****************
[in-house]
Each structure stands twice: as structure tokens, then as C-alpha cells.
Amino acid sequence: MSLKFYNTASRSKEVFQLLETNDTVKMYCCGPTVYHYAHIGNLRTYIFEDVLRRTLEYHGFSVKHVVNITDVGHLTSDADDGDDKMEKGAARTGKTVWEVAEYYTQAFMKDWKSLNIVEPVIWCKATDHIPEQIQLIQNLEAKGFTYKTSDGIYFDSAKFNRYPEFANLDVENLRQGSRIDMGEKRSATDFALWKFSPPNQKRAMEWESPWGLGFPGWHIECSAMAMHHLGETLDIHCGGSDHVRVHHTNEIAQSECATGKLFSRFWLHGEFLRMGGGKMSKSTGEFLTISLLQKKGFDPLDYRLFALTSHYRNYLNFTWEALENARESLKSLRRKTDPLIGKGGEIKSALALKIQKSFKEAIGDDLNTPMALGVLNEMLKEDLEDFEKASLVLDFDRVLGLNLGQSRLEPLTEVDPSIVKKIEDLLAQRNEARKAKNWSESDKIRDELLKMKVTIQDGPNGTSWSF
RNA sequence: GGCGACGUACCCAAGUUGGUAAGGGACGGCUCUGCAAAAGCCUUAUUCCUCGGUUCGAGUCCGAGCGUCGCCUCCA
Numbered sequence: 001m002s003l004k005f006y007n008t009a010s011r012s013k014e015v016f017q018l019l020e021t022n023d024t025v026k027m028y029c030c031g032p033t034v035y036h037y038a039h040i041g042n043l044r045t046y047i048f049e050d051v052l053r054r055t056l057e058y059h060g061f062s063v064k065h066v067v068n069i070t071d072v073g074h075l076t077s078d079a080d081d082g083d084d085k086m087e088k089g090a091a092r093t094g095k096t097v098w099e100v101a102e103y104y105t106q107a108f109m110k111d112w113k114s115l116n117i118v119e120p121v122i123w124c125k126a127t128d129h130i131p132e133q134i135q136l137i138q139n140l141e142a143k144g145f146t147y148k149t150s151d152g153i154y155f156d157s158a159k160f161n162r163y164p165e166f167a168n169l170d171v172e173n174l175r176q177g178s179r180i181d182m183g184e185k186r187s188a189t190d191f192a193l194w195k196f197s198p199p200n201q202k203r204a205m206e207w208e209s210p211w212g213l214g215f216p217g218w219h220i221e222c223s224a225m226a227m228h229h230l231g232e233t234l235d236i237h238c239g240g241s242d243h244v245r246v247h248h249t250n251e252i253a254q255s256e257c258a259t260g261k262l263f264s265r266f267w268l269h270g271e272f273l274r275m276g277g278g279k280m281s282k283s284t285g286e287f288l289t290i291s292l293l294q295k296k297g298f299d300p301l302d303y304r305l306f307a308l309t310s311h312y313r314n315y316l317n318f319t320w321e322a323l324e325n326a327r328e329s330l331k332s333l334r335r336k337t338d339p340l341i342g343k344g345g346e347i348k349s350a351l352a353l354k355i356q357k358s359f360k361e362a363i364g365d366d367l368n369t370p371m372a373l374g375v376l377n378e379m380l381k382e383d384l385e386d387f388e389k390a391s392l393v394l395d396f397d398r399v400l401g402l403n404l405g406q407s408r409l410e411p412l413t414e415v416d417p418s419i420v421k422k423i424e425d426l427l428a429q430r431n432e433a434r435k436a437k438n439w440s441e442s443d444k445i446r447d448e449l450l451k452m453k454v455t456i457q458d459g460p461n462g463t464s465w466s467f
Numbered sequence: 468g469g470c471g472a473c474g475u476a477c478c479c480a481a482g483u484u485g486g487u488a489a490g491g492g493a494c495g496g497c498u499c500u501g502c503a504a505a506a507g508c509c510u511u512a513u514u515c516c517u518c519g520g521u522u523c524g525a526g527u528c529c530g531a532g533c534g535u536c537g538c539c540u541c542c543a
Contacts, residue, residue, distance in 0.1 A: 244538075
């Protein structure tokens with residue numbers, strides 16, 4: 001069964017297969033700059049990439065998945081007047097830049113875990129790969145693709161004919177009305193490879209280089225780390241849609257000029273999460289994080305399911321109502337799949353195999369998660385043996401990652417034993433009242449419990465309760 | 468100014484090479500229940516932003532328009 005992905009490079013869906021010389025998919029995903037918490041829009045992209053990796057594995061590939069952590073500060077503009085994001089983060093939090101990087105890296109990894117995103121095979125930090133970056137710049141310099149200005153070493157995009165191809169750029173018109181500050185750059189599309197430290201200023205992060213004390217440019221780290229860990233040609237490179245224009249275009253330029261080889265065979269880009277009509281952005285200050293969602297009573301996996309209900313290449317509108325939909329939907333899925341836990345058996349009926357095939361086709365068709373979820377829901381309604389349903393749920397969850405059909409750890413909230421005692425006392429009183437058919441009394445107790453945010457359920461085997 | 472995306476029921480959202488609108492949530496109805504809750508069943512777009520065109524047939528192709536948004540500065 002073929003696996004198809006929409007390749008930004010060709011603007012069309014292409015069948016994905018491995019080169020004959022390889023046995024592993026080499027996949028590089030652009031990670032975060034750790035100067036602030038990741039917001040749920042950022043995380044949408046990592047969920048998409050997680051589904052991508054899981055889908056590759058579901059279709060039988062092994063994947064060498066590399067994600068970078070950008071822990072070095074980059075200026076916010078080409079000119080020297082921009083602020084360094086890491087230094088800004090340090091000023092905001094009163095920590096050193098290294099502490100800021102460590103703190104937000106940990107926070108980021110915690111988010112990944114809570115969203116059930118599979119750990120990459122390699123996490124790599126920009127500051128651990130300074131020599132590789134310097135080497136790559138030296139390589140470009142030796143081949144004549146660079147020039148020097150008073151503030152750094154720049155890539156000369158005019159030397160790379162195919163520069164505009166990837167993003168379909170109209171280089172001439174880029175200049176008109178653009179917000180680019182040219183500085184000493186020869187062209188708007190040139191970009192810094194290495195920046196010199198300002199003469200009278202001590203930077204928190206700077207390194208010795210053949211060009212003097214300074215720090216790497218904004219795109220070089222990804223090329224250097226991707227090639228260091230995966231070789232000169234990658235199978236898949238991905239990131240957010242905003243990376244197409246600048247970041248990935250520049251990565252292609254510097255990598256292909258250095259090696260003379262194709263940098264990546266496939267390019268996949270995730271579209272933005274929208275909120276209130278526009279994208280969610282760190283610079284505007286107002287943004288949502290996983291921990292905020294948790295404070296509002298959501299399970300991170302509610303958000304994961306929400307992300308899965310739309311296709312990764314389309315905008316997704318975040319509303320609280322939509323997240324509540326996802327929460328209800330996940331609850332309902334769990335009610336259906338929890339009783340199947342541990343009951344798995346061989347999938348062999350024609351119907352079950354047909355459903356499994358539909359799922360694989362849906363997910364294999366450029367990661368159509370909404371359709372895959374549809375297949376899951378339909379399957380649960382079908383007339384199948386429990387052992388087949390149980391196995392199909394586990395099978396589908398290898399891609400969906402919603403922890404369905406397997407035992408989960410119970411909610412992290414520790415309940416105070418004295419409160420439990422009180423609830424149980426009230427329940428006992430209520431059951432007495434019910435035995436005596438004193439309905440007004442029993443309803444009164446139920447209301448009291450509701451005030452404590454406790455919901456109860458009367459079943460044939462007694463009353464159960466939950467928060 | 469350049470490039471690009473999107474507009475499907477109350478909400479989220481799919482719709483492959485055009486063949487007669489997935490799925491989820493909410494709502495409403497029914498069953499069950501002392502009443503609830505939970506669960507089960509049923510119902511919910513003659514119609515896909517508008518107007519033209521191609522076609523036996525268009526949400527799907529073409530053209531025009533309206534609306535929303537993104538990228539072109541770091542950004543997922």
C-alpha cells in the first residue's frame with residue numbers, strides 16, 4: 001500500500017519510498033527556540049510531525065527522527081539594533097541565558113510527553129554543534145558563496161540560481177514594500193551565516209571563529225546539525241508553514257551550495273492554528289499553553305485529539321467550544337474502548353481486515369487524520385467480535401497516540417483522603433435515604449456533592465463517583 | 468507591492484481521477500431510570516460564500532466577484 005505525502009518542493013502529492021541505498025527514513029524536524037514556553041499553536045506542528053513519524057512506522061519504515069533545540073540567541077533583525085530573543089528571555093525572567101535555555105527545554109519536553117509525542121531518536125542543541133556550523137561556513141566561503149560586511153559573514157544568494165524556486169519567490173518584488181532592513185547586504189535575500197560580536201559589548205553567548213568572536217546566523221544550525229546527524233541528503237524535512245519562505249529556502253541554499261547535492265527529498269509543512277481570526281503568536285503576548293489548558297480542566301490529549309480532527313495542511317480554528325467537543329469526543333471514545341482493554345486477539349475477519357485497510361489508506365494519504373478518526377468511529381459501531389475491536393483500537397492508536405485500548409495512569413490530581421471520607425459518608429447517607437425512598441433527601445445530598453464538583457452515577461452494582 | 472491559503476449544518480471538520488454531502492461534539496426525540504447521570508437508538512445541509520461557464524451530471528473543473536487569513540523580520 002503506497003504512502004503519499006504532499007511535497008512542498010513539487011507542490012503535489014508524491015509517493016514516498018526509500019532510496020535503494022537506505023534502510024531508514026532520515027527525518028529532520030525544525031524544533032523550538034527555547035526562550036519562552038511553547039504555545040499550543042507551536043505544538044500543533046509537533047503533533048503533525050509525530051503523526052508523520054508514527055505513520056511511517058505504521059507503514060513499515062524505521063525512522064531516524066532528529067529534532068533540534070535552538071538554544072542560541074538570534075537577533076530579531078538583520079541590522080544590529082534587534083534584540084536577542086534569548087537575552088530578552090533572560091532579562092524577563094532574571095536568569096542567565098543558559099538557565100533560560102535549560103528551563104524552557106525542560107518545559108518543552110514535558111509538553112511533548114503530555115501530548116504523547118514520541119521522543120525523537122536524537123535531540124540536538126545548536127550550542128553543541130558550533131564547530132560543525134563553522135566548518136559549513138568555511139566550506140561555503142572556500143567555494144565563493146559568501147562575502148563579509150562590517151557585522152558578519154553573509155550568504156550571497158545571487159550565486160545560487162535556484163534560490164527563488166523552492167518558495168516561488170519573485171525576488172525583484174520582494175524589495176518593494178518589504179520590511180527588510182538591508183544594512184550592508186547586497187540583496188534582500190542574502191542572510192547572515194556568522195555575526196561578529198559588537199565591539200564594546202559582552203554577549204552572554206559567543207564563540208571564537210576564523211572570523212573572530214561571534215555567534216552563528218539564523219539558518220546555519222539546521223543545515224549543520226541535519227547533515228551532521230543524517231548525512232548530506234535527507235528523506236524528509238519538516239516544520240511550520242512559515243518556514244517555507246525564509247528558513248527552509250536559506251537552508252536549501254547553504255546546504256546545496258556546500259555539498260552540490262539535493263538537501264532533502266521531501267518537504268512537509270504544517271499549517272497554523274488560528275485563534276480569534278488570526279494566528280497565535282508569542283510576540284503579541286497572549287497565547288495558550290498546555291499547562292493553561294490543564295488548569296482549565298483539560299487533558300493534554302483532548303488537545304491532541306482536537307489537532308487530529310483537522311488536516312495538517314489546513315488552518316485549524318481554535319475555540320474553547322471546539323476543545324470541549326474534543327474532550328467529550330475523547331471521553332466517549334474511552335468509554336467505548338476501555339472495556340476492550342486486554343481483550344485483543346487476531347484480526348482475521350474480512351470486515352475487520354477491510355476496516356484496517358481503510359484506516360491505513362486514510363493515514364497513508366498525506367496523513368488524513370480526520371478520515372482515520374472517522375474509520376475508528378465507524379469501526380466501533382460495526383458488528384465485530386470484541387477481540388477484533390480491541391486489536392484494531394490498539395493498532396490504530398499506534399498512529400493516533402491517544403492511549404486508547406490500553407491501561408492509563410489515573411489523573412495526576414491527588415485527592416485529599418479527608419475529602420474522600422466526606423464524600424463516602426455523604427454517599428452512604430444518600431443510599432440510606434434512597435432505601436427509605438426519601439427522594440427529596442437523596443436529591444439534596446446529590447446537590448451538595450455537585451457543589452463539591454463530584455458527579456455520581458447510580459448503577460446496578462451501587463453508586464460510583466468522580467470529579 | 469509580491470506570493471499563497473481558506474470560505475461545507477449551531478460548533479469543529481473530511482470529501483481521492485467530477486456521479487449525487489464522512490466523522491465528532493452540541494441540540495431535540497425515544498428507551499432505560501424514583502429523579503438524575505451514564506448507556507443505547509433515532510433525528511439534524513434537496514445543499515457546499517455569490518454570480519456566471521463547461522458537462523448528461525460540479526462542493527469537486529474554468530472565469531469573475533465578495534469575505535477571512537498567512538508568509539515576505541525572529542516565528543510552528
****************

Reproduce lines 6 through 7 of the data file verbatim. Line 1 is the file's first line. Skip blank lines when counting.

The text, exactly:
Numbered sequence: 468g469g470c471g472a473c474g475u476a477c478c479c480a481a482g483u484u485g486g487u488a489a490g491g492g493a494c495g496g497c498u499c500u501g502c503a504a505a506a507g508c509c510u511u512a513u514u515c516c517u518c519g520g521u522u523c524g525a526g527u528c529c530g531a532g533c534g535u536c537g538c539c540u541c542c543a
Contacts, residue, residue, distance in 0.1 A: 244538075